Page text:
Emil Nolde (1867-1956)
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Emil Nolde (1867-1956)

Sonnenblumen mit Fuchsschwanz

Details
Emil Nolde (1867-1956)
Sonnenblumen mit Fuchsschwanz
signed 'Emil Nolde.' (lower right); signed and inscribed 'Emil Nolde: Sonnenblumen mit Fuchsschwanz' (on the stretcher)
oil on canvas
26 1/2 x 34 7/8 in. (67.5 x 88.6 cm.)
Painted in 1937
Provenance
Aage Vilstrup, Copenhagen.
Vilda Vilstrup, Copenhagen, by 1953.
Siegfried Adler, Montagnola, Switzerland, by 1970.
Private collection, Cologne, by 1971.
Acquired by the parents of the present owner in the mid-1990s.
Literature
The artist's handlist, 1930-1951, as '1937 Sonnenblumen mit Fuchsschwanz'.
M. Urban, Emil Nolde, Catalogue Raisonné of the Oil-Paintings, vol. II, 1915-1951, London, 1990, no. 1174 (illustrated p. 463).
Exhibited
Oslo, Kunstforening, May 1956, no. 13 (titled 'Blomster').
Odense, Fyns Stiftsmuseum, Emil Nolde : malerier, akvareller, grafik: udstilling arrangeret i anledning af den internationale museumsuge, October 1956, no. 22.
Copenhagen, Slot Charlottenborg, Emil Nolde; Koloristerne, April - May 1958, no. 63.
Stockholm, Moderna Museet, Emil Nolde 1867-1956: Målningar, grafik, January - February 1967, no. 64.
Nykobing, Annenberg-Samlingerne, Emil Nolde 1867-1956, July - August 1967, no. 20.
Special notice

Artist's Resale Right ("Droit de Suite"). Artist's Resale Right Regulations 2006 apply to this lot, the buyer agrees to pay us an amount equal to the resale royalty provided for in those Regulations, and we undertake to the buyer to pay such amount to the artist's collection agent.

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Antoine Lebouteiller
Antoine Lebouteiller

Lot Essay

Nolde's flower paintings often use their subject matter as a vehicle through which to express a mood or emotion. The inspiration for such 'humanizing' of nature came in Nolde's case from the example set by Vincent van Gogh. Nolde maintained an interest in Van Gogh's work throughout his journey as a painter, and his own preoccupation with sunflowers undoubtedly reflects the influence of the Dutch artist. As they had been for Van Gogh, for Nolde, a large part of the beauty of flowers and in particular the sunflower, was the simple and expressive elegance of their life cycle, 'shooting up, blooming, radiating, glowing, gladdening, drooping, wilting, and ultimately thrown away and dying.'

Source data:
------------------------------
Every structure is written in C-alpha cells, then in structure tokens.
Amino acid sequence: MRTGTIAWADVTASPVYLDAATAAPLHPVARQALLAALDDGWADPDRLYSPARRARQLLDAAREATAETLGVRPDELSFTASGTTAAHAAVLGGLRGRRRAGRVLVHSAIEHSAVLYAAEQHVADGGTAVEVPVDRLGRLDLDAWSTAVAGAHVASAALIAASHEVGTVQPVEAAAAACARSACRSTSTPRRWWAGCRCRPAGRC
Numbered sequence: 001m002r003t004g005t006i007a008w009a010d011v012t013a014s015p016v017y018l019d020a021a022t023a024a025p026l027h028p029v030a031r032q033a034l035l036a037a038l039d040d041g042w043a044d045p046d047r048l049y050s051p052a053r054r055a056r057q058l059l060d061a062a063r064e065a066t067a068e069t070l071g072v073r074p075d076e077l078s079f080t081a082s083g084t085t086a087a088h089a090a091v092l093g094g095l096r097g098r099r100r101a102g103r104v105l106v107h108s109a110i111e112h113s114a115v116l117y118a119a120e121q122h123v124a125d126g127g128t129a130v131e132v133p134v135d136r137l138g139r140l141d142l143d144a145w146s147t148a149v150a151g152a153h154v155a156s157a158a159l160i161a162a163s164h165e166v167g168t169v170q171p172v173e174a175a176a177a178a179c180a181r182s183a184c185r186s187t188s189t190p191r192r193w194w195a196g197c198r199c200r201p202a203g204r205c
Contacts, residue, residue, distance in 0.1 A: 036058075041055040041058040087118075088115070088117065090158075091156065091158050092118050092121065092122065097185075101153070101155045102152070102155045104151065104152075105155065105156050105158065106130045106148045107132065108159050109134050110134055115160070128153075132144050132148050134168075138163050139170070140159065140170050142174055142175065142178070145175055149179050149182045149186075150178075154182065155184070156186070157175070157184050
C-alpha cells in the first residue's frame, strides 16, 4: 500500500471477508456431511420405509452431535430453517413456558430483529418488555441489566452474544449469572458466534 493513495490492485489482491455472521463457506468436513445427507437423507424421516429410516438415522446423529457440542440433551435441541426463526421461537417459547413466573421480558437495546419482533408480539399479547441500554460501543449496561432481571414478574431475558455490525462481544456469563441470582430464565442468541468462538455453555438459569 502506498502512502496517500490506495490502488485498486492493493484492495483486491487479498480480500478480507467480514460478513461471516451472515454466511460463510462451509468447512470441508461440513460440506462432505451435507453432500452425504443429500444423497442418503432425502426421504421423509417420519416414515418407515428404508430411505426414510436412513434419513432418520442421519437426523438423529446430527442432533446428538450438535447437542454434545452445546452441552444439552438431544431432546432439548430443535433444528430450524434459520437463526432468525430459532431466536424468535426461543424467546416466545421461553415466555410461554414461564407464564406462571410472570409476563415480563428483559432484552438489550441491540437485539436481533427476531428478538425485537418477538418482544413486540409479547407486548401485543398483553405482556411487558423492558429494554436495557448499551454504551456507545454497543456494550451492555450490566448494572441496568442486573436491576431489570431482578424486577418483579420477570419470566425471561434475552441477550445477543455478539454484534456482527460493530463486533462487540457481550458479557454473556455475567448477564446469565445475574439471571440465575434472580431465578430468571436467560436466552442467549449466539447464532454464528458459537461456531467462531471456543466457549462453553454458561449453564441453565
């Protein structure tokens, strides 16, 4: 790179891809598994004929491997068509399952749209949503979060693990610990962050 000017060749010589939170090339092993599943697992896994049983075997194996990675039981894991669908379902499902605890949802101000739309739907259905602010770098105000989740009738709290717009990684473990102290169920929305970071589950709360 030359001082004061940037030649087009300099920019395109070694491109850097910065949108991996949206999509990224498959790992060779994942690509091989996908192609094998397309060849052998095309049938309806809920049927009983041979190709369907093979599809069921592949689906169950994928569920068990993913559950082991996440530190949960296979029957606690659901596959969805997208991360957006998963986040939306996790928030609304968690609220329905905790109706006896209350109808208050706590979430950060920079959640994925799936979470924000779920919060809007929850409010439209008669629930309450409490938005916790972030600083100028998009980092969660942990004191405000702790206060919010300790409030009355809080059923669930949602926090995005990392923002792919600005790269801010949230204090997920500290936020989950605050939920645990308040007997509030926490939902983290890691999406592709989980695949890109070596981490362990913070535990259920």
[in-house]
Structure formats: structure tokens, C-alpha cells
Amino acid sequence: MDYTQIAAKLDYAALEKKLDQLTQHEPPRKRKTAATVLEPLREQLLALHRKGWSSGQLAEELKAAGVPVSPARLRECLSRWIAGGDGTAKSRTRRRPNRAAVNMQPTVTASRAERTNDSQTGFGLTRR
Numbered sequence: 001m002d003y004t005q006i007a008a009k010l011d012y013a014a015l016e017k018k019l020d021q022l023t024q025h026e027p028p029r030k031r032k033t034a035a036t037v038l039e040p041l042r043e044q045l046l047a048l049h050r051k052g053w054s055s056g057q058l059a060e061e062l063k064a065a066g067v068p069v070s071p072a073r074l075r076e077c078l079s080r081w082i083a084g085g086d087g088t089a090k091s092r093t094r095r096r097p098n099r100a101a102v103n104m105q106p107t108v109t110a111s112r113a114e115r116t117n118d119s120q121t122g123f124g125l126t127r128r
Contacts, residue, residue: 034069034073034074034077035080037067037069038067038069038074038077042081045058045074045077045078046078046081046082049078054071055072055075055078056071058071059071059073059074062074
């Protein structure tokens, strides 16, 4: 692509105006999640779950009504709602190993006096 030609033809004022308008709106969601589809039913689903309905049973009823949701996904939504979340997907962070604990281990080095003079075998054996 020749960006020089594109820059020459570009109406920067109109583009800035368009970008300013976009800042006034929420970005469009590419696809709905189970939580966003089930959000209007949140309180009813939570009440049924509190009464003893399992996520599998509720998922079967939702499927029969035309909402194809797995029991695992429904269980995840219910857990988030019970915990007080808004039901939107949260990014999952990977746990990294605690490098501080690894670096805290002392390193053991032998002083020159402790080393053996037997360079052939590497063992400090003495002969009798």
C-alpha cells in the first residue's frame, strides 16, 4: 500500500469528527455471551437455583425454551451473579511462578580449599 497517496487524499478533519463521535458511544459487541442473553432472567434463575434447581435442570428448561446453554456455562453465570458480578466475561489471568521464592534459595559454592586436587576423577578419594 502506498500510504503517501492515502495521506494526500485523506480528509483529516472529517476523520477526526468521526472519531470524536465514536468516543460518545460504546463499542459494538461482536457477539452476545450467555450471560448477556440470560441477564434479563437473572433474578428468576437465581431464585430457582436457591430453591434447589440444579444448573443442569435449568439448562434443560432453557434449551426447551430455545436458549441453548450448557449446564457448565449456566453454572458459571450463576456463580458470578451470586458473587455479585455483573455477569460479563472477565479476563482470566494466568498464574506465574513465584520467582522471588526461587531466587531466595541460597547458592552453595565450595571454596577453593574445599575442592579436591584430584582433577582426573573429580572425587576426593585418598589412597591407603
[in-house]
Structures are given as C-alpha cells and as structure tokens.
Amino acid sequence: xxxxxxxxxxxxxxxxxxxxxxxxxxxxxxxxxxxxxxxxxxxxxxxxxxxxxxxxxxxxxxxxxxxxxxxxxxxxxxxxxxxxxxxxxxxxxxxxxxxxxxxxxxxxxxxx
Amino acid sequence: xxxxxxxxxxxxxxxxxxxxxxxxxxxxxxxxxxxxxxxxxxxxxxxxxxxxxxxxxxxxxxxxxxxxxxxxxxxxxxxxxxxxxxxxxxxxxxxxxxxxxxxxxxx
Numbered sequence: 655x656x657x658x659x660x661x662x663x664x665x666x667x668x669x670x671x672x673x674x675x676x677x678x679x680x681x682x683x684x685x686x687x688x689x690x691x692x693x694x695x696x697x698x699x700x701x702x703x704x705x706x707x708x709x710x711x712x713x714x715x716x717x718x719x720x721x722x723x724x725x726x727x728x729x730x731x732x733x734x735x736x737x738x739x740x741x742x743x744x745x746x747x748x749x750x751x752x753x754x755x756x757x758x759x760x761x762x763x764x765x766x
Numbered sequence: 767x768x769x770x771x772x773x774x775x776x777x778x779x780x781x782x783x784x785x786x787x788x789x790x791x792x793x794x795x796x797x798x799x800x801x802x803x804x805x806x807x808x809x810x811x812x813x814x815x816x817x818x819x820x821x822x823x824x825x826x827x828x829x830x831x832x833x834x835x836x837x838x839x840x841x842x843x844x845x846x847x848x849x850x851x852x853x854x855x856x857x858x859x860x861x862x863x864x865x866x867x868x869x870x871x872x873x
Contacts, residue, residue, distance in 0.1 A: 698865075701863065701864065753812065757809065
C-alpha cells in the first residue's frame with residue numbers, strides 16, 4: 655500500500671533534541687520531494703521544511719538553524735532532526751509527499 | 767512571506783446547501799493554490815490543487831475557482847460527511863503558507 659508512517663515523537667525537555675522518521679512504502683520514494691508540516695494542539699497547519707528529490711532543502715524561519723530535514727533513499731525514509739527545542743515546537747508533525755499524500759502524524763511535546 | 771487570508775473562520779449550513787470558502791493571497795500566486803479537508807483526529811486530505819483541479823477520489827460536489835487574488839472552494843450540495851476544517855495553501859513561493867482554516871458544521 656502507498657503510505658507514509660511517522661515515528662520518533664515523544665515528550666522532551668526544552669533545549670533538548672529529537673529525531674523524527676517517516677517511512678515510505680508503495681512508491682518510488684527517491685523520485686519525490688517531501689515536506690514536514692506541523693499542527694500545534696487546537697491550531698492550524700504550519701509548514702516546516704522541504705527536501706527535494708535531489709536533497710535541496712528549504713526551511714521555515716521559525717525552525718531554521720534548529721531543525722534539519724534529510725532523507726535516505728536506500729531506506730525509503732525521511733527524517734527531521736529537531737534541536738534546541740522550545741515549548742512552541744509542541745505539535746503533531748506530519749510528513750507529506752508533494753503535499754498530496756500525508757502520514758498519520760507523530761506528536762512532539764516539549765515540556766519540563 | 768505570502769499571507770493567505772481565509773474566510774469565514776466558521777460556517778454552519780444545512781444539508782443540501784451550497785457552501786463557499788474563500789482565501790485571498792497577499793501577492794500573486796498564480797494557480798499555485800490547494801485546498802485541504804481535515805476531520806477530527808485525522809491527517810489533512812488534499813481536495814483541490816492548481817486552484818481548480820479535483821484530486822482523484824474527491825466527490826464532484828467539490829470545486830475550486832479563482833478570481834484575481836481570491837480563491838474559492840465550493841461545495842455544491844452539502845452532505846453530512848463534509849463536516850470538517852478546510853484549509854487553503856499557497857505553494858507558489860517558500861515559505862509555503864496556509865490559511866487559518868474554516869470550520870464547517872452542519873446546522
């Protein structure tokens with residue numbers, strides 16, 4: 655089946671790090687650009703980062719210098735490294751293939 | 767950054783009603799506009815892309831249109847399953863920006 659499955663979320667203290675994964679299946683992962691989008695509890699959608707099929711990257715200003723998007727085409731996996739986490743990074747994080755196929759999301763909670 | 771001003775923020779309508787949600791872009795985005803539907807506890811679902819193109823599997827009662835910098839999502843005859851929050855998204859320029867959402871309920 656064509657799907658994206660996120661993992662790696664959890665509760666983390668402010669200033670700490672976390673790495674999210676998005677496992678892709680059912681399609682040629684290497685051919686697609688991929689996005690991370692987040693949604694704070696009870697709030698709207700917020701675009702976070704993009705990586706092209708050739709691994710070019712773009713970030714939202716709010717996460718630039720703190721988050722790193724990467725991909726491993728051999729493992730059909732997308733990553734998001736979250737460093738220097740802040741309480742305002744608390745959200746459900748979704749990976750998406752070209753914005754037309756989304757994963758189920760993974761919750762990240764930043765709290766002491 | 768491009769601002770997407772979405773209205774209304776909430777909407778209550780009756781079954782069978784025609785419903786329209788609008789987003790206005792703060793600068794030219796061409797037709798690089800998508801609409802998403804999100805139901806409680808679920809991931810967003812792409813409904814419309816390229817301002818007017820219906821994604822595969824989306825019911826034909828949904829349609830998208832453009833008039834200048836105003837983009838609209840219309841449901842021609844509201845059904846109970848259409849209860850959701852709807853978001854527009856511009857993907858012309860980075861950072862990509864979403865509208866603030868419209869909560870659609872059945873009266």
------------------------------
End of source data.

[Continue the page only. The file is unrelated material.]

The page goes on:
Sonnenblumen mit Fuchsschwanz was painted in 1937, and is one of a large number of paintings of sunflowers that Nolde painted in the late 1930s and early 1940s - a period of great trauma for the artist, when, under the oppression of the Nazi regime, he had been declared a degenerate artist and was later banned from painting. For Nolde, the painting of flowers was an effective retreat from the world of politics and everyday reality into a near abstract world of colour and joy. The sunflower too, was for him a particular symbol of such happiness and had been ever since he had first planted them in his Seebüll garden in 1928, on which occasion he had written to his friend Hans Fehr euphorically that 'the sunflowers are so tall that I stand beneath them with my head thrown back, gratefully admiring their beauty...barely imaginable colours are glowing, and the scent of the mignonettes carries as far as the house' (Emil Nolde, letter to Hans Fehr, 20 September 1928). Full of radiant colour and vital energy, conveyed through the heavy impasto of Nolde's brushwork, Sonnenblumen mit Fuchsschwanz is a metaphor for the fleeting temporal nature of all phenomena, a 'memento mori' of powerful lucidity.

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